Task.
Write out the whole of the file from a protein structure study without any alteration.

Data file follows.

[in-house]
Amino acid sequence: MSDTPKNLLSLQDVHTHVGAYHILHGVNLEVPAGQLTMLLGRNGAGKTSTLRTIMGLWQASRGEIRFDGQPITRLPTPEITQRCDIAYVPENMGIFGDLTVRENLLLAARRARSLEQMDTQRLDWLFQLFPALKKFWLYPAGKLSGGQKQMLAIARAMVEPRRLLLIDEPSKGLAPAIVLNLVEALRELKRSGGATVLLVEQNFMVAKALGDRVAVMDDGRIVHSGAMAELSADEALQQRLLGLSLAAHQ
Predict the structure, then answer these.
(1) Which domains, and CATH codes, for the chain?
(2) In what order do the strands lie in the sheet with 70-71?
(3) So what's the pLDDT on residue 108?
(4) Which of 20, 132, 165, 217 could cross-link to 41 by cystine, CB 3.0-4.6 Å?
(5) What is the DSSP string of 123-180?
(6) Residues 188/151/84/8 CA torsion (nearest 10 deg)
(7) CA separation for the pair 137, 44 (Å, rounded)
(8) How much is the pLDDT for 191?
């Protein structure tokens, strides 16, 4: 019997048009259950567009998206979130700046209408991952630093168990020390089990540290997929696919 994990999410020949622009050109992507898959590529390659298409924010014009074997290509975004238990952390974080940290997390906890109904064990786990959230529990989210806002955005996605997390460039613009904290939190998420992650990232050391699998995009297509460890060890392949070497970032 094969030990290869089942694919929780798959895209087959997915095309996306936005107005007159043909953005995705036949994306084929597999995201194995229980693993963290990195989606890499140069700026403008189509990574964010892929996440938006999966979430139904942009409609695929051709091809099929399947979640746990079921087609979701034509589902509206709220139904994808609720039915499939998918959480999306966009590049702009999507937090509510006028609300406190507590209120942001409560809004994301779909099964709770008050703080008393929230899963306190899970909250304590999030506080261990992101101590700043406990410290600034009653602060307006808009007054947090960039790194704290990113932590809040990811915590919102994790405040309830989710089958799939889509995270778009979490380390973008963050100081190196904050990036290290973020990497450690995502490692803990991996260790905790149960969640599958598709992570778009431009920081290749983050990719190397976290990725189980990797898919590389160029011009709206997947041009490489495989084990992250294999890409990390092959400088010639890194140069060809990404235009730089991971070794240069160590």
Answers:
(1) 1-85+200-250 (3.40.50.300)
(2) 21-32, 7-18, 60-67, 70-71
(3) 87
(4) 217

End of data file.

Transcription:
[in-house]
Amino acid sequence: MSDTPKNLLSLQDVHTHVGAYHILHGVNLEVPAGQLTMLLGRNGAGKTSTLRTIMGLWQASRGEIRFDGQPITRLPTPEITQRCDIAYVPENMGIFGDLTVRENLLLAARRARSLEQMDTQRLDWLFQLFPALKKFWLYPAGKLSGGQKQMLAIARAMVEPRRLLLIDEPSKGLAPAIVLNLVEALRELKRSGGATVLLVEQNFMVAKALGDRVAVMDDGRIVHSGAMAELSADEALQQRLLGLSLAAHQ
Predict the structure, then answer these.
(1) Which domains, and CATH codes, for the chain?
(2) In what order do the strands lie in the sheet with 70-71?
(3) So what's the pLDDT on residue 108?
(4) Which of 20, 132, 165, 217 could cross-link to 41 by cystine, CB 3.0-4.6 Å?
(5) What is the DSSP string of 123-180?
(6) Residues 188/151/84/8 CA torsion (nearest 10 deg)
(7) CA separation for the pair 137, 44 (Å, rounded)
(8) How much is the pLDDT for 191?
């Protein structure tokens, strides 16, 4: 019997048009259950567009998206979130700046209408991952630093168990020390089990540290997929696919 994990999410020949622009050109992507898959590529390659298409924010014009074997290509975004238990952390974080940290997390906890109904064990786990959230529990989210806002955005996605997390460039613009904290939190998420992650990232050391699998995009297509460890060890392949070497970032 094969030990290869089942694919929780798959895209087959997915095309996306936005107005007159043909953005995705036949994306084929597999995201194995229980693993963290990195989606890499140069700026403008189509990574964010892929996440938006999966979430139904942009409609695929051709091809099929399947979640746990079921087609979701034509589902509206709220139904994808609720039915499939998918959480999306966009590049702009999507937090509510006028609300406190507590209120942001409560809004994301779909099964709770008050703080008393929230899963306190899970909250304590999030506080261990992101101590700043406990410290600034009653602060307006808009007054947090960039790194704290990113932590809040990811915590919102994790405040309830989710089958799939889509995270778009979490380390973008963050100081190196904050990036290290973020990497450690995502490692803990991996260790905790149960969640599958598709992570778009431009920081290749983050990719190397976290990725189980990797898919590389160029011009709206997947041009490489495989084990992250294999890409990390092959400088010639890194140069060809990404235009730089991971070794240069160590």
Answers:
(1) 1-85+200-250 (3.40.50.300)
(2) 21-32, 7-18, 60-67, 70-71
(3) 87
(4) 217